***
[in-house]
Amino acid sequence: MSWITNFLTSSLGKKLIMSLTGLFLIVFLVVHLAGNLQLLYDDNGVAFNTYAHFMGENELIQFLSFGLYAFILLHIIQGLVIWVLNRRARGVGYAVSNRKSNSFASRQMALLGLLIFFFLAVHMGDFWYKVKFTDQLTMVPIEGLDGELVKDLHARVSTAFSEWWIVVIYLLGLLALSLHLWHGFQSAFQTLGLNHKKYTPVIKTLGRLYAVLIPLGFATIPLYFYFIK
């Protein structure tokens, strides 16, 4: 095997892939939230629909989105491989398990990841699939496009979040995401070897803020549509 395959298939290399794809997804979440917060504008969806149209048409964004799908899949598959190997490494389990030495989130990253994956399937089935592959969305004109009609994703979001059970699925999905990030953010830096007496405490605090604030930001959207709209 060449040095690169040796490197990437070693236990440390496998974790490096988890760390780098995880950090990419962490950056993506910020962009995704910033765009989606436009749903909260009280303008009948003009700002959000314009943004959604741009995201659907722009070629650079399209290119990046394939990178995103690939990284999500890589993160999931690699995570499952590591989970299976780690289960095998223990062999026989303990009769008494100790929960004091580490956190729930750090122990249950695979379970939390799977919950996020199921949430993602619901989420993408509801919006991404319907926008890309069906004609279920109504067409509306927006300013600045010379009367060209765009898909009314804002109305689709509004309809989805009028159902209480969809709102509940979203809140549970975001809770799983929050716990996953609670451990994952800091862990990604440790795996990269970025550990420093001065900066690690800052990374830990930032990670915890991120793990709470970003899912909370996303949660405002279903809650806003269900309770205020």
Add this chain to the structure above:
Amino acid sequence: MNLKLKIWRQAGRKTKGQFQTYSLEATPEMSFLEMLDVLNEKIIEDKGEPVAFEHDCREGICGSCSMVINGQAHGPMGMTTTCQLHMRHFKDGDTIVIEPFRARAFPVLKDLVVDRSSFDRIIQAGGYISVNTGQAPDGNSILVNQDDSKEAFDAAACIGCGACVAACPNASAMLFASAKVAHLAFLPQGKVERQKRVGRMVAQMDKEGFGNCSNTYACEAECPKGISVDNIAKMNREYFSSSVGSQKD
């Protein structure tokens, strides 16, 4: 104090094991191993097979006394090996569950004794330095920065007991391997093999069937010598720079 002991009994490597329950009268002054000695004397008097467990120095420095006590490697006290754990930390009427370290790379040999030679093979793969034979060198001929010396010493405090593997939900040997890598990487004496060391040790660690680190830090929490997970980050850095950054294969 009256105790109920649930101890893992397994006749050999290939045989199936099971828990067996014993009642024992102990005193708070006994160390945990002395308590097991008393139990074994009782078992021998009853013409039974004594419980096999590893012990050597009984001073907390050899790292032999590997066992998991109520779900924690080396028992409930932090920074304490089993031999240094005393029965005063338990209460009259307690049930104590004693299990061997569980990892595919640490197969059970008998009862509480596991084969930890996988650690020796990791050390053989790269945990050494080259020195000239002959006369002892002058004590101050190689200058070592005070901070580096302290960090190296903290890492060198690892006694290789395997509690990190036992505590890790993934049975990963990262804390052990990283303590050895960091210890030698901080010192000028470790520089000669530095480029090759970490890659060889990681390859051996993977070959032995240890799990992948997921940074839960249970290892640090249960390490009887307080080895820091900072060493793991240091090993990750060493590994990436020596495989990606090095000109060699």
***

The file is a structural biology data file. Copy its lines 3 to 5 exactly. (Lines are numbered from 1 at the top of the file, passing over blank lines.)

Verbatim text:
């Protein structure tokens, strides 16, 4: 095997892939939230629909989105491989398990990841699939496009979040995401070897803020549509 395959298939290399794809997804979440917060504008969806149209048409964004799908899949598959190997490494389990030495989130990253994956399937089935592959969305004109009609994703979001059970699925999905990030953010830096007496405490605090604030930001959207709209 060449040095690169040796490197990437070693236990440390496998974790490096988890760390780098995880950090990419962490950056993506910020962009995704910033765009989606436009749903909260009280303008009948003009700002959000314009943004959604741009995201659907722009070629650079399209290119990046394939990178995103690939990284999500890589993160999931690699995570499952590591989970299976780690289960095998223990062999026989303990009769008494100790929960004091580490956190729930750090122990249950695979379970939390799977919950996020199921949430993602619901989420993408509801919006991404319907926008890309069906004609279920109504067409509306927006300013600045010379009367060209765009898909009314804002109305689709509004309809989805009028159902209480969809709102509940979203809140549970975001809770799983929050716990996953609670451990994952800091862990990604440790795996990269970025550990420093001065900066690690800052990374830990930032990670915890991120793990709470970003899912909370996303949660405002279903809650806003269900309770205020």
Add this chain to the structure above:
Amino acid sequence: MNLKLKIWRQAGRKTKGQFQTYSLEATPEMSFLEMLDVLNEKIIEDKGEPVAFEHDCREGICGSCSMVINGQAHGPMGMTTTCQLHMRHFKDGDTIVIEPFRARAFPVLKDLVVDRSSFDRIIQAGGYISVNTGQAPDGNSILVNQDDSKEAFDAAACIGCGACVAACPNASAMLFASAKVAHLAFLPQGKVERQKRVGRMVAQMDKEGFGNCSNTYACEAECPKGISVDNIAKMNREYFSSSVGSQKD